Using Both Adobe Camera Raw and Lightroom
Adobe makes both Camera Raw and Lightroom so it's natural to compare the two. While they do have a lot in common there are differences, and those differences mean that Camera Raw and Lightroom don't always play well together.
The underlying technology between the two is in fact the same, although Adobe packages and releases them separately. When they release an update to one, they often update the other at the same time. As of this writing, the officially supported release of each are Camera Raw version 5.5 and Lightroom 2.5. Both were released on September 15, 2009 and both support the same list of camera models. Since then though, Adobe has released the beta version of Lightroom 3 that includes fundamental updates to algorithms used to demosaic raw images. These changes can result in improvements in image clarity and noise reduction not yet available in Camera Raw. By the time Lightroom 3 actually ships though, it's pretty much a given that the two will be back in parity with each other if not before. Adobe Labs often pre-releases beta versions of Camera Raw just as they recently did for Lightroom.
But even if you are using comparable versions of Camera Raw and Lightroom the updates you make in one may not be visible in the other. By default, both store image metadata in different, non-compatible ways.
Adobe Camera Raw gives users the choice between saving image settings in what is called the Camera Raw Database or in separate "sidecar" XMP files by image kept in the same folder and named the same as the image it contains settings for. The eXtensible Metadata Platform is an Adobe standard based on XML for semantically storing settings and other metadata in a transportable text-based format. If you keep your image data in the Camera Raw Database, you can pretty much ignore where the data gets kept since there's no visible queue as to where it lives. You adjust an image to tweak the white balance or exposure and those changes get saved when you save the image. But Camera Raw doesn't really write them to the raw image itself. In fact, it never updates your actual raw file. Instead, those settings changes get saved to a file internal to Camera Raw (the Camera Raw Database) and then re-applied when you next open that raw file. Even if you rename or move the raw file, Camera Raw remembers your changes since they are internally indexed based on the content of your image, not its name or location. This solution breaks down though if you copy that image to another computer since it will have its own installation of Adobe Camera Raw with its own Camera Raw Database that doesn't know anything about your copied image.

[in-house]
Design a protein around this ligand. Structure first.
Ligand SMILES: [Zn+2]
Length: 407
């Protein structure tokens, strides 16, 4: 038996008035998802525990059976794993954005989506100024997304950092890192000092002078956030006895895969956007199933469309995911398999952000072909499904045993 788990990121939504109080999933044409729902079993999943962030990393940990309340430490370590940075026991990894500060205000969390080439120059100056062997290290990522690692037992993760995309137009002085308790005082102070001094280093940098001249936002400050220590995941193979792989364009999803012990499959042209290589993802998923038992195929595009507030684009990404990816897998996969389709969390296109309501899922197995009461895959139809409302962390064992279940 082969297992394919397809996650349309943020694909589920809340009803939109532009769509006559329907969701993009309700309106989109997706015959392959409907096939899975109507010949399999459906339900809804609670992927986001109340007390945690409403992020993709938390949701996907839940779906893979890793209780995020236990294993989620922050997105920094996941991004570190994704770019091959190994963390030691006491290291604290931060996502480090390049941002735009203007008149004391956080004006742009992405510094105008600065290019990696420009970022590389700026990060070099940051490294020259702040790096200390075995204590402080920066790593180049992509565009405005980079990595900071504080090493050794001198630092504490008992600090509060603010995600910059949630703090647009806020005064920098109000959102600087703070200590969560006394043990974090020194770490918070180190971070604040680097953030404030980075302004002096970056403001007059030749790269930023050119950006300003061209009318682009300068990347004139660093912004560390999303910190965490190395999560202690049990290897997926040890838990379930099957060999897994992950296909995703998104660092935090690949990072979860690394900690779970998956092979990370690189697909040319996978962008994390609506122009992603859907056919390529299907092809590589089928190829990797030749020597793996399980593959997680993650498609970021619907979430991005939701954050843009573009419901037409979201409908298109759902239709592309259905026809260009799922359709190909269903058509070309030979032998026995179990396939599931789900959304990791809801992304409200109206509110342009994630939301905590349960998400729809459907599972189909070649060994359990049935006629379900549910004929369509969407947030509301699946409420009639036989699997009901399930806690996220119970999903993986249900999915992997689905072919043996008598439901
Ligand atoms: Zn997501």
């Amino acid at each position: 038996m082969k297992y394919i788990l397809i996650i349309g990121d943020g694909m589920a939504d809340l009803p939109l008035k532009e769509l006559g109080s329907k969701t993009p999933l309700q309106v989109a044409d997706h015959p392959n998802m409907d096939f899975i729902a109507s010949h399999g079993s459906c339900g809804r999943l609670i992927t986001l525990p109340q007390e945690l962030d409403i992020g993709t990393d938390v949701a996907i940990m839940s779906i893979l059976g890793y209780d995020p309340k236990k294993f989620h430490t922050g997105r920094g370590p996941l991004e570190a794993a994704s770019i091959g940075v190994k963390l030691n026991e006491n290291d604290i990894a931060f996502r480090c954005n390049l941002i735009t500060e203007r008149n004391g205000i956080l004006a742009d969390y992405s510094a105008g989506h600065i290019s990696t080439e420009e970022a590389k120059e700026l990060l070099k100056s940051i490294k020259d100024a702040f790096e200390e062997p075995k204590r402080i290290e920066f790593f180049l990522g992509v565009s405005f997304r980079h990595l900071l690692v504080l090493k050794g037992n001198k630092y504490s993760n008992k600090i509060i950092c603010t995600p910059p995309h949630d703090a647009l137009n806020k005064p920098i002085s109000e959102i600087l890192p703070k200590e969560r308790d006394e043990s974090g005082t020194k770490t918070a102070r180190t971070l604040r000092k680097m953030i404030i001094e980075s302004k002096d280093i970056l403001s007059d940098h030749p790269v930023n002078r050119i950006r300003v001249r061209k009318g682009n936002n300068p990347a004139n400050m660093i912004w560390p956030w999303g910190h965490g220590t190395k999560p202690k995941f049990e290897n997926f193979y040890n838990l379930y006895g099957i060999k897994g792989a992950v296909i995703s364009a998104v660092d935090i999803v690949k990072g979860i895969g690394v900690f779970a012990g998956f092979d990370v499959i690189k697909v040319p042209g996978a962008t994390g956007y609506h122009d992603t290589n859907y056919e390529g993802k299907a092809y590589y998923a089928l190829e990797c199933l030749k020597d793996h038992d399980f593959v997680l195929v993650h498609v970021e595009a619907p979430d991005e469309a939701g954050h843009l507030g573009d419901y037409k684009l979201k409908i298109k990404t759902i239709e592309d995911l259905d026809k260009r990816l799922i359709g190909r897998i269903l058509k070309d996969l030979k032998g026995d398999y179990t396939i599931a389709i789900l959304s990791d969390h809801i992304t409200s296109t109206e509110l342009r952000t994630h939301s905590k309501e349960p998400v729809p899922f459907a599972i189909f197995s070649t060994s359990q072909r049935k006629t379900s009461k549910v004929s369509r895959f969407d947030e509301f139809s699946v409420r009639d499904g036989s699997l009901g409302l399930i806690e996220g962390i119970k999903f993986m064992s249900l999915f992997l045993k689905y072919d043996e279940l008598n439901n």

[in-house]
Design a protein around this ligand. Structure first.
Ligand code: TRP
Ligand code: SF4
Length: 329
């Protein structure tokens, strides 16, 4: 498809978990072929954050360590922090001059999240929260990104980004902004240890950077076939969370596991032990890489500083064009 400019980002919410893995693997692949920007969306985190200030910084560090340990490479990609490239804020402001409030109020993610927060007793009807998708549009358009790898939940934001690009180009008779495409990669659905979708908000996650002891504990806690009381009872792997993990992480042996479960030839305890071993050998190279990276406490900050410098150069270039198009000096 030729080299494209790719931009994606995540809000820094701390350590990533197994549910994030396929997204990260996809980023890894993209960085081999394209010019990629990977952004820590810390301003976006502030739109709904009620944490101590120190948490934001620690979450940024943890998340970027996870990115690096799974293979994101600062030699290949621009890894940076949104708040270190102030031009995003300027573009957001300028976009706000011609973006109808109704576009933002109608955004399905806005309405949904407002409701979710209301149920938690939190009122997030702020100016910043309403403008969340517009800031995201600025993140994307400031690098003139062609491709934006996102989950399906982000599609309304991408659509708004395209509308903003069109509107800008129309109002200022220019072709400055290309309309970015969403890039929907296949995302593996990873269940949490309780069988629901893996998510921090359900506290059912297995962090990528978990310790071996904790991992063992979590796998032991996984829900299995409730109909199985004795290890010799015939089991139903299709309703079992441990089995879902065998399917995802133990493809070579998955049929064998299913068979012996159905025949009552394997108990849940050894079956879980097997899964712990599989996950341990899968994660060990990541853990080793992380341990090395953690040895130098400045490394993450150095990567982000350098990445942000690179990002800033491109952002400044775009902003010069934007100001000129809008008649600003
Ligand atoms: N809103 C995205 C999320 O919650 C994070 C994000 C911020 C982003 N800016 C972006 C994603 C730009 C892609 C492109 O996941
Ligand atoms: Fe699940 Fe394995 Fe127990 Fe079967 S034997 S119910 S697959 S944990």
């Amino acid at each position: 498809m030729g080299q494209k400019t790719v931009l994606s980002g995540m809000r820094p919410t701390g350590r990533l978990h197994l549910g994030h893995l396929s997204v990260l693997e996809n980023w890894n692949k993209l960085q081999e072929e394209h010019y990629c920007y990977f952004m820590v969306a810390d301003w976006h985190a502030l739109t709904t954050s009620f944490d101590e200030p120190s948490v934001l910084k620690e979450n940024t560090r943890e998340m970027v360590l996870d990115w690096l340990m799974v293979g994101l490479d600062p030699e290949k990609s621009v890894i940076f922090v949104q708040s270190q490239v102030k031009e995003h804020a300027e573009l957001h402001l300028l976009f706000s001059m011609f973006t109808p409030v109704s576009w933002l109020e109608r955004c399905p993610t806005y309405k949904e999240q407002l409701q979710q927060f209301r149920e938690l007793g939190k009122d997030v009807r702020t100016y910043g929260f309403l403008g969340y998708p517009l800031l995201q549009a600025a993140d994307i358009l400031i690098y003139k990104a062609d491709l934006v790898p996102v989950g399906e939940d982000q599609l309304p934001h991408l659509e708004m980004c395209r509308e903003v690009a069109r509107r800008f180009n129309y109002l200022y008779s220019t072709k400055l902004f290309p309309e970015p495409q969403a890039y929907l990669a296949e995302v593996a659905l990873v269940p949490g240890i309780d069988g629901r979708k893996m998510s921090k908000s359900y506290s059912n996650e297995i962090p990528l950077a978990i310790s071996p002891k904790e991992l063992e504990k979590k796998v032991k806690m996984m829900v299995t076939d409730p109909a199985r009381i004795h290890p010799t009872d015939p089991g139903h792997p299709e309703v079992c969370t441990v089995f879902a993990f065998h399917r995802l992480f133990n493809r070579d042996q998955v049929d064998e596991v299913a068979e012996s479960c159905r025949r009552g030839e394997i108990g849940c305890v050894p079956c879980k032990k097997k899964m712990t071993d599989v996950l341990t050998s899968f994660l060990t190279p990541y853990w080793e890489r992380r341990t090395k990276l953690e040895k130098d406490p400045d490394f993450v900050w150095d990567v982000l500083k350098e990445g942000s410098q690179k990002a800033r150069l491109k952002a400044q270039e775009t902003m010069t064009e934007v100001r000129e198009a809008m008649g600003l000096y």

XMP sidecar files though have their own potential problems. The metadata for each image gets saved in its own XMP file named after the source image so if you rename that image you have to also rename the matching sidecar XMP file or else they will become orphaned. If you move that image to a different folder or computer, you have to move its XMP sidecar file too. You should also be aware that XMP files can't be written to read-only locations such as CD-ROM discs. In such situations Camera Raw will write your metadata changes to the Camera Raw Database no matter what your preference is.
Enabling XMP support in Adobe Camera Raw
Enabling XMP support in Adobe Lightroom
Lightroom too offers users a choice, but a slightly different one. Lightroom always writes your image metadata updates to its own internal catalog but gives you the choice of writing sidecar XMP files as well. Adobe Lightroom's catalog and Camera Raw Raw's Database are entirely separate so unless you have told each to use XMP sidecar files they have no way to share information. You'll be able to tell things are amiss since the appearance of images will change when you go between the two programs.
To prevent this and make sure both are using XMP sidecar files, go to Edit >> Preferences >> Camera Raw from within Photoshop, or Edit >> Camera Raw Preferences from within Adobe Bridge. Both take you to the same place. Make sure "Save image settings in" under the Genera section is set to "Sidecar ‘.xmp' files." Then start up Lightroom and go to Edit >> Catalog Settings and check the box for "Automatically write changes into XMP" on the Metadata tab. Lightroom always writes to the catalog itself so there just a simple checkbox for XMP rather than the dropdown list with either-or choices as in Camera Raw.
With XMP support enabled in both applications you should be able to make changes in one program and have them show in the other. Image previews when browsing in one program may not change instantaneously based on changes made in the other since they have to be regenerated just as they do for browsing in any one program.
It's odd that interoperability between Camera Raw and Lightroom via XMP isn't the default, but the fix is easy even if Adobe didn't do it for you out of the box.
Update: 11/10/2009 - Two readers have emailed me to point out something I should have mentioned. Another way to mitigate the issues described in this article is to convert your raw files to Adobe's DNG format. If you do, both Camera Raw and Lightroom can save the settings metadata changes directly to the DNG. DNG itself has pros and cons of course, but at least within an Adobe-centered workflow, it is something worth serious consideration. Right now, I don't convert to DNG since I shoot Nikon and Nikon loves to play proprietary tricks with their NEF raw file format. I want to make sure I always keep the original NEF, so creating DNG versions as well (or DNG files with embedded NEF versions) significantly increases storage requirements. For me at least, the moral is that original NEF raw files plus XMP sidecars take up less space than original NEF files plus DNG.